Source: Signal Transduction Knowledge Environment - July 18, 2017 Category: Science Authors: VanHook, A. M. Tags: STKE Editors ' Choice Source Type: news

Zika vaccine pharma companies now pushing to have PREGNANT women injected with the experimental vaccine
(Natural News) With the summer fully underway, mosquitoes are more active. Hence, stories about a Zika pandemic popping up again. Just like Dengue and Malaria, the Zika virus is a mosquito-borne illness. Spread by the Aedes aegypti mosquito, which is typically found close to standing water, the Zika virus causes mild flu-like symptoms including headaches,... (Source: NaturalNews.com)
Source: NaturalNews.com - July 17, 2017 Category: Consumer Health News Source Type: news

WHO: Medtech could accelerate universal healthcare in Africa
(Thomson Reuters Foundation) – Integrating technology into Africa’s healthcare systems is key to opening them up faster to the poorest and most vulnerable people, the World Health Organization’s Africa director said. Using more technology presents a “big opportunity” for rolling out universal health coverage in the region, Dr. Matshidiso Rebecca Moeti told the Thomson Reuters Foundation ahead of the first WHO Africa Health Forum this week in Rwanda. Technology can pave the way to improvements in data management, training for health workers and making referrals, among other areas, she added. Th...
Source: Mass Device - June 27, 2017 Category: Medical Devices Authors: MassDevice Tags: Health Information Technology Healthcare Reform Hospital Care Source Type: news

Community Health Workers: Forgotten No More
June 21, 2017A new global campaign is pushing for salaries, benefits, and formal employment for these crucial health workers.They crisscross the villages, urban settlements, hills, valleys and plains, sometimes on foot, sometimes on bicycles.They wear T-shirts with health messages. They carry bags of tablets, syrups, and health information materials. They mobilize communities to go for vaccinations. They distribute mosquito nets. They supply contraceptives. They accompany women to antenatal clinics and delivery rooms and ensure that they deliver their babies safely.They go by various names such as community health workers ...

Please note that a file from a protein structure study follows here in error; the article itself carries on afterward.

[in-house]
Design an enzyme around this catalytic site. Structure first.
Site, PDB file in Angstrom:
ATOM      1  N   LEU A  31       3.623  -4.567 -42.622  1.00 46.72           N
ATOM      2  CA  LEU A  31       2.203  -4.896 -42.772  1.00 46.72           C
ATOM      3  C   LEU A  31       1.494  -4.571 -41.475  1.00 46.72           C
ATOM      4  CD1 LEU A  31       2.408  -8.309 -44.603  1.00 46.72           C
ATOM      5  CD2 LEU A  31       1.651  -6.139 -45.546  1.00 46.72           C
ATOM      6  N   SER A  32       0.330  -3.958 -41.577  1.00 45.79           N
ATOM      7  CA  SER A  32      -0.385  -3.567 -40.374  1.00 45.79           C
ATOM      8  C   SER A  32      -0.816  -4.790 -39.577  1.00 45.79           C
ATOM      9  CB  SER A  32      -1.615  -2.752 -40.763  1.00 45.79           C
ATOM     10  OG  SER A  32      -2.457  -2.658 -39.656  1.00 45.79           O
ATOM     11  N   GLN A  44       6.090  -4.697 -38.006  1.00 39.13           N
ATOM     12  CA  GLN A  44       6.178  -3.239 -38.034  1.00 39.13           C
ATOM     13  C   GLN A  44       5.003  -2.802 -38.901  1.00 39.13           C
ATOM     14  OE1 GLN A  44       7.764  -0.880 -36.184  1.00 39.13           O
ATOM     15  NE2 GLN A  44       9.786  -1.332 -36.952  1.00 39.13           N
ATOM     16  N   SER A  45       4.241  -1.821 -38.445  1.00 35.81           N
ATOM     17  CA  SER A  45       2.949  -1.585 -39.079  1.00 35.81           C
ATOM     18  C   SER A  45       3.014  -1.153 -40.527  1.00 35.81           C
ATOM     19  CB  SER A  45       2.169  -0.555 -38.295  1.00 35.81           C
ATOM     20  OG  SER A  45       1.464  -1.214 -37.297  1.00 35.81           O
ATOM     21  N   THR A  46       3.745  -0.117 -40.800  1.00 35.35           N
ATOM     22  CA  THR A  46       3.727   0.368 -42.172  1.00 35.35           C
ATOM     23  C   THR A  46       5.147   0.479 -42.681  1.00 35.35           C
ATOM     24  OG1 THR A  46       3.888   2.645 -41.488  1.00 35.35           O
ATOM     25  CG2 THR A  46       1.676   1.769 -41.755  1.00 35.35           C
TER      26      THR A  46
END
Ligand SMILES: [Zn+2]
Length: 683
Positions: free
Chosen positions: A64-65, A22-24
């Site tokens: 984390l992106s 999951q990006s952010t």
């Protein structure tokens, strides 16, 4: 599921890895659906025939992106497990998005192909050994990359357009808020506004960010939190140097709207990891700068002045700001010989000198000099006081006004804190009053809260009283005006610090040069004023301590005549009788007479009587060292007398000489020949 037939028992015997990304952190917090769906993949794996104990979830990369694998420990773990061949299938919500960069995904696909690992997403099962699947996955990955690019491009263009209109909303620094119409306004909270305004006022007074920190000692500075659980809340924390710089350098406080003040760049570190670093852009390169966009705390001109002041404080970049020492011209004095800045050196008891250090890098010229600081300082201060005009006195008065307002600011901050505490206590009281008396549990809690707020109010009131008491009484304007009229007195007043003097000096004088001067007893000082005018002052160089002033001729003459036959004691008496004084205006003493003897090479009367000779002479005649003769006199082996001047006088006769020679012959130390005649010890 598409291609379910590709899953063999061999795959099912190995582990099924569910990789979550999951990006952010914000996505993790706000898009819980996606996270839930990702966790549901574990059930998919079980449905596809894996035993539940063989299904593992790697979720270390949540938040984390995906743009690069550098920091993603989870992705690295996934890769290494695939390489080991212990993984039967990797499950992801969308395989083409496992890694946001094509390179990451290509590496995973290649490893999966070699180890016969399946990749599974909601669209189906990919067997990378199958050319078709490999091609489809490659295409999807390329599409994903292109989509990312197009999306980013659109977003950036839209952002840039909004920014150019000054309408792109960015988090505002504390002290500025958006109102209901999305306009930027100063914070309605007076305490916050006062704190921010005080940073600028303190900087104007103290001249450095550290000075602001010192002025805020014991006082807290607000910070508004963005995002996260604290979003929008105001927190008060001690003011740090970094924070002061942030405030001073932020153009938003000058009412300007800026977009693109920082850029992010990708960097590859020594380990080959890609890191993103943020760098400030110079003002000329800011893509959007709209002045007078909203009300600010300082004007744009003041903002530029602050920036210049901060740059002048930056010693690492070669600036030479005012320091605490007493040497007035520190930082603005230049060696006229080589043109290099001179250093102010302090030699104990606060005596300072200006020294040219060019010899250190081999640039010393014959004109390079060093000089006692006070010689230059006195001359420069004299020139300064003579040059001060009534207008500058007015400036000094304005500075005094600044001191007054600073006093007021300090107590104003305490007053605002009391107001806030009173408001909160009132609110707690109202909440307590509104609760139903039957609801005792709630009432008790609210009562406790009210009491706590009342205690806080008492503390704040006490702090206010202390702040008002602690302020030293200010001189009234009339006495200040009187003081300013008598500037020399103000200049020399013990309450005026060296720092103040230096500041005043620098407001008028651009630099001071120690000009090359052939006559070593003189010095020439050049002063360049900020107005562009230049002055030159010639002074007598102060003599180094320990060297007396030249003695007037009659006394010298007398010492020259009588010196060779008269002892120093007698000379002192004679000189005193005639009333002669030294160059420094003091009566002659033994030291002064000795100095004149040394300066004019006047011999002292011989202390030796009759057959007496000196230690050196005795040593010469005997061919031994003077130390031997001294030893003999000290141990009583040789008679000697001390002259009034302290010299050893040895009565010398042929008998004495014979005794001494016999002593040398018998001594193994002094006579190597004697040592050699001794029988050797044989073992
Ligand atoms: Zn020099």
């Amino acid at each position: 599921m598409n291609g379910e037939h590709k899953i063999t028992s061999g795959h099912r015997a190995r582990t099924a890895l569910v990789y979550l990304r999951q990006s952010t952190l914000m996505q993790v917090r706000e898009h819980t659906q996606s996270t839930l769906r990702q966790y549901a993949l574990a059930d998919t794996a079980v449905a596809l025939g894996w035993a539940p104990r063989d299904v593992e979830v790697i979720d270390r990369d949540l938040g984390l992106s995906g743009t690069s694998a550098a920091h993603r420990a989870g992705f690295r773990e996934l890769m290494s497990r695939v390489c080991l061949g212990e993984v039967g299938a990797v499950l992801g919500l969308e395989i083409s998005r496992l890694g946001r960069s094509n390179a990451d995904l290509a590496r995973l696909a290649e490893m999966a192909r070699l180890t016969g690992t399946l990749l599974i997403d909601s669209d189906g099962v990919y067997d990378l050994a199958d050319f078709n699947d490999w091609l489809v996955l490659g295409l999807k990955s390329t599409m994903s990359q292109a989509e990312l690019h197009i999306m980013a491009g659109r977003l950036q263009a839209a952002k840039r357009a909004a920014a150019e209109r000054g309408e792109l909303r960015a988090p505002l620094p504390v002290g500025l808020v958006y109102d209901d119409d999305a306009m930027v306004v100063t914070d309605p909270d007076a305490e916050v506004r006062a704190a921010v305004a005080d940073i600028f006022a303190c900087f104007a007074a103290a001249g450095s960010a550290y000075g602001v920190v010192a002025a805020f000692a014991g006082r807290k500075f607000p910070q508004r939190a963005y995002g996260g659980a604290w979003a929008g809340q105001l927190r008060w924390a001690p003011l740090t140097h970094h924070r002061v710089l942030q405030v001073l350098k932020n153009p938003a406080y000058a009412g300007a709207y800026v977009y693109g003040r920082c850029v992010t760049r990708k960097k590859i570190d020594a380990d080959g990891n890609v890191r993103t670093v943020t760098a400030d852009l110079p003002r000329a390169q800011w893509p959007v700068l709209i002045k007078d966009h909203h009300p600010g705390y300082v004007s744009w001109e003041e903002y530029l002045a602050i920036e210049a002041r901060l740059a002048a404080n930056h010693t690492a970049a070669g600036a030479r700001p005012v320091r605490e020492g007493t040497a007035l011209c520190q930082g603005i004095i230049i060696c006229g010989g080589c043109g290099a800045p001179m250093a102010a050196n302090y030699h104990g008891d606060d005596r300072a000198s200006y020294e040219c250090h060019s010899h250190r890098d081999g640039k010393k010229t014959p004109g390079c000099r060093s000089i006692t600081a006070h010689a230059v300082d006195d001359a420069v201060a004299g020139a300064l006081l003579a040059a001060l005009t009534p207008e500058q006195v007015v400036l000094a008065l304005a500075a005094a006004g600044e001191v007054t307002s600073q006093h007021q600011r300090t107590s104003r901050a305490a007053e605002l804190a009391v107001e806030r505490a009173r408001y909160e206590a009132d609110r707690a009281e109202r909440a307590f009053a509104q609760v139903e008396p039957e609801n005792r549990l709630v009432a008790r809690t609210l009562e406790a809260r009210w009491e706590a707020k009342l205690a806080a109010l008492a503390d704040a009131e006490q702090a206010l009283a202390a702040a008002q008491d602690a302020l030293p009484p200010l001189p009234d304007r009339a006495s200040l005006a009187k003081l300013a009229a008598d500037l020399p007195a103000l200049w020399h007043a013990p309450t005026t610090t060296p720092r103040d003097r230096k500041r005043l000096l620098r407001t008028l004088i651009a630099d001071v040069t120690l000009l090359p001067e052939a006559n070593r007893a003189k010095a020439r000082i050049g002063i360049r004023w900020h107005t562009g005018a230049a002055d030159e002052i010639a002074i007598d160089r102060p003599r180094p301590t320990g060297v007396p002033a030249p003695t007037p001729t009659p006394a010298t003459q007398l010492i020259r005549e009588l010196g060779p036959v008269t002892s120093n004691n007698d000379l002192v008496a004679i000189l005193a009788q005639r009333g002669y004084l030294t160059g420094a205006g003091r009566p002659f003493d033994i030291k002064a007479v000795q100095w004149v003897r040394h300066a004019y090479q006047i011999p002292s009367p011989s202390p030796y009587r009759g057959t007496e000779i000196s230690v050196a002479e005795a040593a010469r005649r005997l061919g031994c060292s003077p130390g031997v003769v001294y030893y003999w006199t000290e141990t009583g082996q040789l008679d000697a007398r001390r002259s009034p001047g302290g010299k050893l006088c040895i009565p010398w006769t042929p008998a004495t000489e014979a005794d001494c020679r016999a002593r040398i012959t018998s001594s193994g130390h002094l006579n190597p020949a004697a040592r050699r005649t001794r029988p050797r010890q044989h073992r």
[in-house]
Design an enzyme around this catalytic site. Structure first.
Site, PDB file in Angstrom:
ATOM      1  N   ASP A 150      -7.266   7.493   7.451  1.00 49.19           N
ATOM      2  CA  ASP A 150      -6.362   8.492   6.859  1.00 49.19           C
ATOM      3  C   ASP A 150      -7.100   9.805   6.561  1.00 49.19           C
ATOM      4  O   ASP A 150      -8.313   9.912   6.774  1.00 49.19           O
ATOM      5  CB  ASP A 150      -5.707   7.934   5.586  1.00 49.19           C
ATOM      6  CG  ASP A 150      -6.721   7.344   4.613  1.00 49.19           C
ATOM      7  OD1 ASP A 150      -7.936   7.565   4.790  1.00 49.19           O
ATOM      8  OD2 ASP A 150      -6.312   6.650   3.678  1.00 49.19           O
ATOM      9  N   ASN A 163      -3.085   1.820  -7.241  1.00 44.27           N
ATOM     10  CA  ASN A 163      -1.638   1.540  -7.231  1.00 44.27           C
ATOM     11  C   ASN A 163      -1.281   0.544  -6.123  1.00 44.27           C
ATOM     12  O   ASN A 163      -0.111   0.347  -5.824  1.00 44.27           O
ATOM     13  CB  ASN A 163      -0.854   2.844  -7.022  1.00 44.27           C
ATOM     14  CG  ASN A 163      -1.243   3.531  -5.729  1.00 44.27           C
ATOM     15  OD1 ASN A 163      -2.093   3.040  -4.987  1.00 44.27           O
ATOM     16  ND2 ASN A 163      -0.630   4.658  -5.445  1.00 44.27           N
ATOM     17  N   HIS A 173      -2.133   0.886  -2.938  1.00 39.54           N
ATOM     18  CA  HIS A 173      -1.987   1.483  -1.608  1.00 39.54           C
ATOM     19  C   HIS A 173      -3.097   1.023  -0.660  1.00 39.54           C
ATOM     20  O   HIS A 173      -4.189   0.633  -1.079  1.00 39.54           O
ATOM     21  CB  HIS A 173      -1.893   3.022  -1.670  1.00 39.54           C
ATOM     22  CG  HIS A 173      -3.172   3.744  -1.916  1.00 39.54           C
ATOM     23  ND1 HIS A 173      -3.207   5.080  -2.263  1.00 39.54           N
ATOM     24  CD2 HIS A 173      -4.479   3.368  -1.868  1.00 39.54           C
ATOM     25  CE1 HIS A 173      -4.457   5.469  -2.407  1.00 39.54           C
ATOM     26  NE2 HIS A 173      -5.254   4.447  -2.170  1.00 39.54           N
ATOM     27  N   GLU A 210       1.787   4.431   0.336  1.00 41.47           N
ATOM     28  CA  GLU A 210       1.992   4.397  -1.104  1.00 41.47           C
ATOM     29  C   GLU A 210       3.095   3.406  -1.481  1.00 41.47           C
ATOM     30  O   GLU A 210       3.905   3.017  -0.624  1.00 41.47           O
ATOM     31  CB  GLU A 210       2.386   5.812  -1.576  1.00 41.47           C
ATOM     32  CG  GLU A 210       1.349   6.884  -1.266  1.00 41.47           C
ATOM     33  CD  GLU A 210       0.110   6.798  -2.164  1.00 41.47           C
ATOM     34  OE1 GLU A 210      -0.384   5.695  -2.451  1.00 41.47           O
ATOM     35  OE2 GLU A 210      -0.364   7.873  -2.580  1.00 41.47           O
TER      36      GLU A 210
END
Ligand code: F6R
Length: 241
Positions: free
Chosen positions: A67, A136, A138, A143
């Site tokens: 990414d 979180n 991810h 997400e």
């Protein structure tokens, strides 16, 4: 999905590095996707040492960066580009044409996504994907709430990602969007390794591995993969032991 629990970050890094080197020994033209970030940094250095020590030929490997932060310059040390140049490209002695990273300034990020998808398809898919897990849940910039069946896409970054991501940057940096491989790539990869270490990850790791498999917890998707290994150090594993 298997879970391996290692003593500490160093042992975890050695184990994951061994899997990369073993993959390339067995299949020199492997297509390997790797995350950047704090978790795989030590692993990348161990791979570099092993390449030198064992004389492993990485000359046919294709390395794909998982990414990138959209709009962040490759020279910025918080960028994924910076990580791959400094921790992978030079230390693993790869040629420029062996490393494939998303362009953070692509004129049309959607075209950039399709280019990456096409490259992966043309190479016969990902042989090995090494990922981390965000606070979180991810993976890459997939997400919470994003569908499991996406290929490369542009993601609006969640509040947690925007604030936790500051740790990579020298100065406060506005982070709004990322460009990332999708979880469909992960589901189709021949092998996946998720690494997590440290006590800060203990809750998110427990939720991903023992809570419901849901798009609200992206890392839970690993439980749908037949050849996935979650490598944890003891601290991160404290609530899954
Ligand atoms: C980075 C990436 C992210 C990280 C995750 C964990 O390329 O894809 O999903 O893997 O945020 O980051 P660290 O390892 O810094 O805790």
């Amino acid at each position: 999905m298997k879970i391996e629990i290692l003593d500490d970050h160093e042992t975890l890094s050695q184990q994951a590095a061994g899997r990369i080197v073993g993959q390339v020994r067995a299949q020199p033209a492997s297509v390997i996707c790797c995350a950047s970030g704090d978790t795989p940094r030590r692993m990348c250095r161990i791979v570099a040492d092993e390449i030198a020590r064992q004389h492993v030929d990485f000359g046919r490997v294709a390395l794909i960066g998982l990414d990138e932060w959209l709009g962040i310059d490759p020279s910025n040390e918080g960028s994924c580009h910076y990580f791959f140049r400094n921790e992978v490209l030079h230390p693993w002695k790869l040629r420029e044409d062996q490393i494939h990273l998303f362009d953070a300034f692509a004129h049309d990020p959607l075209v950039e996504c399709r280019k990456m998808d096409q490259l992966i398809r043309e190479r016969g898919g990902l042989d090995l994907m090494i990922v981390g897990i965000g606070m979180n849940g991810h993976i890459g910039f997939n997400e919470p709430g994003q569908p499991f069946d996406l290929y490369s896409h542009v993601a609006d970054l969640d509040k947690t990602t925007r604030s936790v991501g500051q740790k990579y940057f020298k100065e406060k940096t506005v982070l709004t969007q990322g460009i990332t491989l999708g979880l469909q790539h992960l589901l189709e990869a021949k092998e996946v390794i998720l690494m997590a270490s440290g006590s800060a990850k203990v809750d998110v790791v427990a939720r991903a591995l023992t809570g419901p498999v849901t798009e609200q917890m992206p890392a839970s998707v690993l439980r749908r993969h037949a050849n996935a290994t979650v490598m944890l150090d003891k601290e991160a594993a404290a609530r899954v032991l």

Source: IntraHealth International - June 21, 2017 Category: International Medicine & Public Health Authors: mnathe Source Type: news

Pharma Leads the Charge on NCDs
A disaster in slow motion; that is how Dr Githinji Gitahi, CEO of African health NGO AMREF, describes the threat of non-communicable diseases (NCDs).Long thought of as diseases of the richer countries, the threat of NCDs – including cancer, diabetes and hypertension – is growing in low-to-middle-income countries, which now account for three-quarters of the annual death toll of more than 40 million.A toxic mix of modernization, urbanization and lifestyle changes has seen this growth in NCDs in developing countries, a scenario that has already played out in developed countries, where smoking, alcohol, processed f...
Source: EyeForPharma - June 21, 2017 Category: Pharmaceuticals Authors: Anonymous Source Type: news

UC consortium formed to speed up development of new drugs
For 12 years, UCLA researcher Dennis Slamon pursued a groundbreaking approach to treating breast cancer: Attack the disease genetically.The journey was long and filled with obstacles, but his persistence paid off.Slamon and colleagues conducted laboratory and clinical research that, in collaboration with biotechnology firm Genentech, helped lead to development of the breast cancer drug Herceptin.UCLA's Dennis Slamon with Harry Connick Jr., who played the professor of medicine in a 2008 television movie.The drug, which targets a specific genetic alteration found in about 25 percent of breast cancer patients, has saved thous...